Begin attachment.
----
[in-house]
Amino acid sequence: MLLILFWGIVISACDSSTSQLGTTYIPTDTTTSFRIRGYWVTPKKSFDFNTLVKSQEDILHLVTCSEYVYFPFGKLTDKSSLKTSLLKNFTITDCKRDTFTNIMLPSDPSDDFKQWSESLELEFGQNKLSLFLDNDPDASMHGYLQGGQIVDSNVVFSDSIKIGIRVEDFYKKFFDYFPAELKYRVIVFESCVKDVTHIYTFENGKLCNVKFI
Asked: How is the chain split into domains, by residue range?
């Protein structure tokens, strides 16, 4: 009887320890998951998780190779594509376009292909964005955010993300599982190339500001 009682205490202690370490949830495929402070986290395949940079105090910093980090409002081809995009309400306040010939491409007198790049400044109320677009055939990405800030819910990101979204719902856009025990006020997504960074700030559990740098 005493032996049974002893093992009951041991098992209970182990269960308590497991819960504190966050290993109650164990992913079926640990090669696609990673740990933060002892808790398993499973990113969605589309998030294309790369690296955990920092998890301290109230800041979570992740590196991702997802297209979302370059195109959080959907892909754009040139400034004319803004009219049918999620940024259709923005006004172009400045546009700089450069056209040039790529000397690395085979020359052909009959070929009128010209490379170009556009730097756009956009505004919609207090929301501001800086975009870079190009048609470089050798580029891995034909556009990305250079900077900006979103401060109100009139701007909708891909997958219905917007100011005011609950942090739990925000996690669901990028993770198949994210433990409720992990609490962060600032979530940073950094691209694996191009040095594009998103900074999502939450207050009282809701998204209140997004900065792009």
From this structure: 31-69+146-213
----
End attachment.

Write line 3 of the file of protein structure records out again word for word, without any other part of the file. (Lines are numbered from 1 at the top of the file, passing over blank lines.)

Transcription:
Asked: How is the chain split into domains, by residue range?